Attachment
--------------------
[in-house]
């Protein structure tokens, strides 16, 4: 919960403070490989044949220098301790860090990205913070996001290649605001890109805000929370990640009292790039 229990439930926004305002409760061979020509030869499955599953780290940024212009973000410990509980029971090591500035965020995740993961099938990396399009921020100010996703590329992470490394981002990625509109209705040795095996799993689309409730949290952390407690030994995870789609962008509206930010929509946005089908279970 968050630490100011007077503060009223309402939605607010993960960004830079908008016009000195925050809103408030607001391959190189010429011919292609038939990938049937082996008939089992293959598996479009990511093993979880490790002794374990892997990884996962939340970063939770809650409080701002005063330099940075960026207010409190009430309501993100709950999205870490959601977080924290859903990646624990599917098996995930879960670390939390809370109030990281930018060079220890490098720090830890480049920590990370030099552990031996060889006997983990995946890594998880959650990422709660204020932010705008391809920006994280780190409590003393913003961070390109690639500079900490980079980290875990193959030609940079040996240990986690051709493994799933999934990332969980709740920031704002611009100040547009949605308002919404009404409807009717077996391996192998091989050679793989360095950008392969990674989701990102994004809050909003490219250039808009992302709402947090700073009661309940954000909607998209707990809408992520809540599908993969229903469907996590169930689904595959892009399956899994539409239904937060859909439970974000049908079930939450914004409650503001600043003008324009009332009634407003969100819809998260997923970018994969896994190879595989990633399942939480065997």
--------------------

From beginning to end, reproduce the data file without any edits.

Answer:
[in-house]
């Protein structure tokens, strides 16, 4: 919960403070490989044949220098301790860090990205913070996001290649605001890109805000929370990640009292790039 229990439930926004305002409760061979020509030869499955599953780290940024212009973000410990509980029971090591500035965020995740993961099938990396399009921020100010996703590329992470490394981002990625509109209705040795095996799993689309409730949290952390407690030994995870789609962008509206930010929509946005089908279970 968050630490100011007077503060009223309402939605607010993960960004830079908008016009000195925050809103408030607001391959190189010429011919292609038939990938049937082996008939089992293959598996479009990511093993979880490790002794374990892997990884996962939340970063939770809650409080701002005063330099940075960026207010409190009430309501993100709950999205870490959601977080924290859903990646624990599917098996995930879960670390939390809370109030990281930018060079220890490098720090830890480049920590990370030099552990031996060889006997983990995946890594998880959650990422709660204020932010705008391809920006994280780190409590003393913003961070390109690639500079900490980079980290875990193959030609940079040996240990986690051709493994799933999934990332969980709740920031704002611009100040547009949605308002919404009404409807009717077996391996192998091989050679793989360095950008392969990674989701990102994004809050909003490219250039808009992302709402947090700073009661309940954000909607998209707990809408992520809540599908993969229903469907996590169930689904595959892009399956899994539409239904937060859909439970974000049908079930939450914004409650503001600043003008324009009332009634407003969100819809998260997923970018994969896994190879595989990633399942939480065997």